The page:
Mirabeau Buonaparte Lamar was the second president of the Republic of Texas. He was born in Georgia in 1798 to John Samuel III and Rebecca Lamar. One of the youngest of eight children, Lamar was self educated, having been accepted to Princeton University, though he declined.
This poem is attributed to Frank L. Jones. He was from Wyoming rather than Texas, but most likely would have fit in just fine in the Lone Star State. It was presented by columnist Dick Perue in the Wyoming Livestock Roundup.
Wild turkey in the oven and the boys all gathered round
And they got to kinda talkin’ ‘bout the different things they’d found
That they could feel thankful for on this Thanksgiving Day,
And some, they told it serious-like, and some, they told it gay.
“I’m thankful most for cattle,” says Slim, who thinks a heap.
“Without them critters in the land we might be herdin’ sheep!”
Ol’ Bashful claimed that women was the blessing in his life
– he must have meant his mother, for he’ll never get a wife!
Tom thanked the Lord that hosses had four legs instead of two,
so cowboys don’t have to walk like some poor people do.
The Foreman he was thankful that the grass was good and long,
and Curly said he thanked the stars that he was young and strong.
And Bud, he blessed his appetite and the way that turkey smelt,
and said he felt thanksgiving for the long holes in his belt!
Ol’ Dunk, just kinda sucked his pipe and gazed off toward the hills.
Well boys, he says, I’m 69 years old and full of liver pills.
My rheumatism aches me and my pipe is gettin’ stale.
My hossy days are over, and I’m feelin’ purty pale.
My bunions are so bulblous that I’ve had to split my boot.
My ears – I’d have to climb the tree to hear a hoot owl hoot.
Cain’t drown my woes in likker, for my ticker’s on the blink.
I cain’t even read the cattylogs, the way my blinkers wink.
I’ve got some nose for smellin’ left – that turkey’s pert near done,
but all the chawin’ teeth I’ve got is about a half of one.
Ol’ Gus shore savvies fixin’ Turk! I’d like to eat a pound,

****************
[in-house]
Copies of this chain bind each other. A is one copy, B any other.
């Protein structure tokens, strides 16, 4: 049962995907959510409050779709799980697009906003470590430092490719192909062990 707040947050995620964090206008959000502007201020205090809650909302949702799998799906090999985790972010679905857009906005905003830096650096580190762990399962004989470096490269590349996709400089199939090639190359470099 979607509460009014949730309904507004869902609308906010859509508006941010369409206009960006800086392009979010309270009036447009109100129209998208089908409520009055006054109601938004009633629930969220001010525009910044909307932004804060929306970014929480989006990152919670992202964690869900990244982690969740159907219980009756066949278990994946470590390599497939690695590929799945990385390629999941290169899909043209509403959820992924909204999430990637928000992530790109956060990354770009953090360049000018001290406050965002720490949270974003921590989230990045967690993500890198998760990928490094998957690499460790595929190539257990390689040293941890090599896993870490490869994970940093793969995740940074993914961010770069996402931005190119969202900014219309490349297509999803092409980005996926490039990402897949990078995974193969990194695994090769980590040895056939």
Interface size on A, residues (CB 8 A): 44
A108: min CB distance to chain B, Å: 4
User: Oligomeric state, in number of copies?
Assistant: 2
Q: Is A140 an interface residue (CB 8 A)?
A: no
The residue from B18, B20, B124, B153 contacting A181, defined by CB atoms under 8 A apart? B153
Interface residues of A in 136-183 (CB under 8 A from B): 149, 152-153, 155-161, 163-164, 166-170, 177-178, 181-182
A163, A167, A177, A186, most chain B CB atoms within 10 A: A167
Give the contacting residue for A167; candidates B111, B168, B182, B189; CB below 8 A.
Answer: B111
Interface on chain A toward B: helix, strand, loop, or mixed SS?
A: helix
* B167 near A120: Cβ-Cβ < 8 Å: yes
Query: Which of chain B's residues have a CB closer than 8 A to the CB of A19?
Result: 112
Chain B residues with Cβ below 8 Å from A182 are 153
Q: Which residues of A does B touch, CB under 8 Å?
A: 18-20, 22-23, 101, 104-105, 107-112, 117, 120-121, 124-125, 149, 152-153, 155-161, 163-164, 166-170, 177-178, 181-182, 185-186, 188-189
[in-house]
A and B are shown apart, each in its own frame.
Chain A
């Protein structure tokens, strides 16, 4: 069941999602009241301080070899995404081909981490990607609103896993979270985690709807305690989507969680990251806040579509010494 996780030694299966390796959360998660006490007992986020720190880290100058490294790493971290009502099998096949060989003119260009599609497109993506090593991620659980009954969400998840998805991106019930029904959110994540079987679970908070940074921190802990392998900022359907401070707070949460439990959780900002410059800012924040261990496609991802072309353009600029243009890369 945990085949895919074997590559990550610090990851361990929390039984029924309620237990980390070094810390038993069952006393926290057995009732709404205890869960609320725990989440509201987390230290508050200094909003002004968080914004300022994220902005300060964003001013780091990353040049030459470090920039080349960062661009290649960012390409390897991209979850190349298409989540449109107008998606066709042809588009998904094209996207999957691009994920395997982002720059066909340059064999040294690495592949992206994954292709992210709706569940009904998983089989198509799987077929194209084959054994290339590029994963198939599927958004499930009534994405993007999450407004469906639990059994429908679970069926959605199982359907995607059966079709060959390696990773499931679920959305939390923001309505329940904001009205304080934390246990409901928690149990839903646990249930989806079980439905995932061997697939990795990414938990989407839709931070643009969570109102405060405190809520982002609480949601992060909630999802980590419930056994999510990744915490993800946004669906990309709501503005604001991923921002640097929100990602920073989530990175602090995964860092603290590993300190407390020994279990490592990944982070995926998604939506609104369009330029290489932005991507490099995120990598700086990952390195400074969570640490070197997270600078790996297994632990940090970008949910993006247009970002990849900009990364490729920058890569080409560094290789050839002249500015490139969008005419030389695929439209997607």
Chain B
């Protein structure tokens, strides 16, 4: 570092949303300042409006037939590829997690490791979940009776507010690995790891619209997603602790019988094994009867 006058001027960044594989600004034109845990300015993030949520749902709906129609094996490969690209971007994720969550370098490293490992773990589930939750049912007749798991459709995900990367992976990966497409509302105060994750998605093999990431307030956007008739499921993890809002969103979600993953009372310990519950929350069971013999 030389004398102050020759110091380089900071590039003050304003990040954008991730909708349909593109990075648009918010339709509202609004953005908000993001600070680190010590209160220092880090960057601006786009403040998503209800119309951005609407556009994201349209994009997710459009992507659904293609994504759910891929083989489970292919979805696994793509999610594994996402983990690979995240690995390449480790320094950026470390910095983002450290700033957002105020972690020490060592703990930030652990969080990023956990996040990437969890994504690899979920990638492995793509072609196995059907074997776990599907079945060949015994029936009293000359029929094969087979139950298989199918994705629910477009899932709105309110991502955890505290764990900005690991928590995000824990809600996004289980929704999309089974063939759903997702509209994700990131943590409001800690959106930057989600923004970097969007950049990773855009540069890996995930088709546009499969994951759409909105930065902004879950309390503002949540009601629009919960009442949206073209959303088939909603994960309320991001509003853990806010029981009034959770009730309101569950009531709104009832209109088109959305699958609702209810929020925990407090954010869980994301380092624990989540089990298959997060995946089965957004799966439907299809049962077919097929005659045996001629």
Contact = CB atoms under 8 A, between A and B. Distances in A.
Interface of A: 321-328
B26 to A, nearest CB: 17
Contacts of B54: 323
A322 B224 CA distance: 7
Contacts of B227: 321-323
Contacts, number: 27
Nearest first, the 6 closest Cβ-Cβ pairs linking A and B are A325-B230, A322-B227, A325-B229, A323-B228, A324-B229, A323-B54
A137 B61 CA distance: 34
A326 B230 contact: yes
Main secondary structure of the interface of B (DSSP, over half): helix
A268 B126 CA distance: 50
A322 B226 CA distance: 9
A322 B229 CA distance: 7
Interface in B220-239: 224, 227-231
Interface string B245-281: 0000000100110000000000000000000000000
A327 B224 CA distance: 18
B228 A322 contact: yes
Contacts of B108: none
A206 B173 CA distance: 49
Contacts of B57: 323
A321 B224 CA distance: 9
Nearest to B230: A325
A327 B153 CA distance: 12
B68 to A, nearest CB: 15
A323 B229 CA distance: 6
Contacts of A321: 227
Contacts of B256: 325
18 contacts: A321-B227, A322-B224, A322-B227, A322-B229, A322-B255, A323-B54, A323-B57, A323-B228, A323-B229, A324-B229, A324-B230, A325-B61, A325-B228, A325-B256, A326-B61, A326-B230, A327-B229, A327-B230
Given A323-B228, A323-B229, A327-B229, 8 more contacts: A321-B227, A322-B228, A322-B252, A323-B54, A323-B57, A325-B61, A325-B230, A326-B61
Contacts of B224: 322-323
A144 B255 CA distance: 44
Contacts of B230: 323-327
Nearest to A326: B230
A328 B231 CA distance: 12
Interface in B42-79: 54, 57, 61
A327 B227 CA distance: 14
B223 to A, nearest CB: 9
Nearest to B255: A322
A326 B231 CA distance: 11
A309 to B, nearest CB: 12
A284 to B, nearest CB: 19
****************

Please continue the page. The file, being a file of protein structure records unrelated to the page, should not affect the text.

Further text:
But hell, I couldn’t chaw it if he took and had it ground!
You talk about Thanksgivin’, boys, and here you see me set,
A plumb wore-out ol’ cowhand – but I’m mighty thankful yet,
For every hoss I’ve ever rode and every sight I ever saw,
But I’m thankful most of all for gravy – which a man don’t have to chaw! –
–attrib. to Frank L. Jones
Gobble gobble, y’all! Hope that everyone has a nice Thanksgiving.
The poem below appeared in the El Paso Herald on December 4, 1911. It is unattributed.
Beautiful the sunshine pours over western plains,
And into little homes along the rugged mountain chains;
Thanks for this refulgent light in humble cottage cast,
That alleviates the burdens of a melancholy past.
My having to sorrow without one word,
And working in the stampede of the herd,
Makes me thankful for the peace and the rest
That come on Thanksgiving day in the west.
Thankful for the cattle’s large, appealing eyes,
And for my little home on the mountain’s gorgeous rise;
Thankful for the union of pleasure and sorrow,
And for the sunshine that will come on the morrow.
Thankful for the smile of little baby Ann,
Whose happy mother died with the year begin;
Thankful for the echoes of her voice in the breeze,
Where baby Ann listens and plays among the trees.
Thankful for the incentive to learn and advance,
And for those who have journeyed in this western expanse,
And for the privilege to be free and simple-
For my baby’s coiling curls and her glowing dimple.
— by A West Texas Cowpuncher
A Young Girl-To the Unknown Soldier
I was only a baby
When you went to war.
I knew nothing of the torturing fears
That war can bring.
And yet my heart aches for you-
And for your mother.
Tonight, remembering you,
I pray to God.
I beg a puzzled world
To have done without bitterness and misunderstanding.
I say again and again,
“Do not let my husband and son
Be torn from the tenderness
Of my arms.”
It is not a brave way of speaking.
But I do not see the tragic splendor
Of your grave.
I see a woman’s heart weeping-
–by Elise Betty Kauders
From time to time we will post items that do not directly have a Texas connection. The above poem by 18 year old Elise Betty Kauders was printed in the Lubbock Morning Avalanche in Lubbock, Texas on Armistice Day November 11, 1936 after being published in the November edition of Good Housekeeping in 1934. Several of her poems and book reviews had been published by the time she graduated from high school. Elise eloped and married Frederick Loeb in 1941. Frederick was later drafted during WWII and served in the U.S. Army in Italy. Elise tried to complete her college education several times but was interrupted by the Great Depression and for other reasons, but she finally got her college degree at the age of 50.
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Benjamin Rush Milam was born in Frankfort, Kentucky in 1788 to Moses and Elizabeth Boyd Milam. He was named for Dr. Benjamin Rush, who had served soldiers including Moses Milam in the American Revolution at Valley Forge. Ben enlisted in the Kentucky Militia as a private and eventually rose to the rank of Lieutenant during the War of 1812. He remained in the army until his enlistment was concluded in 1815.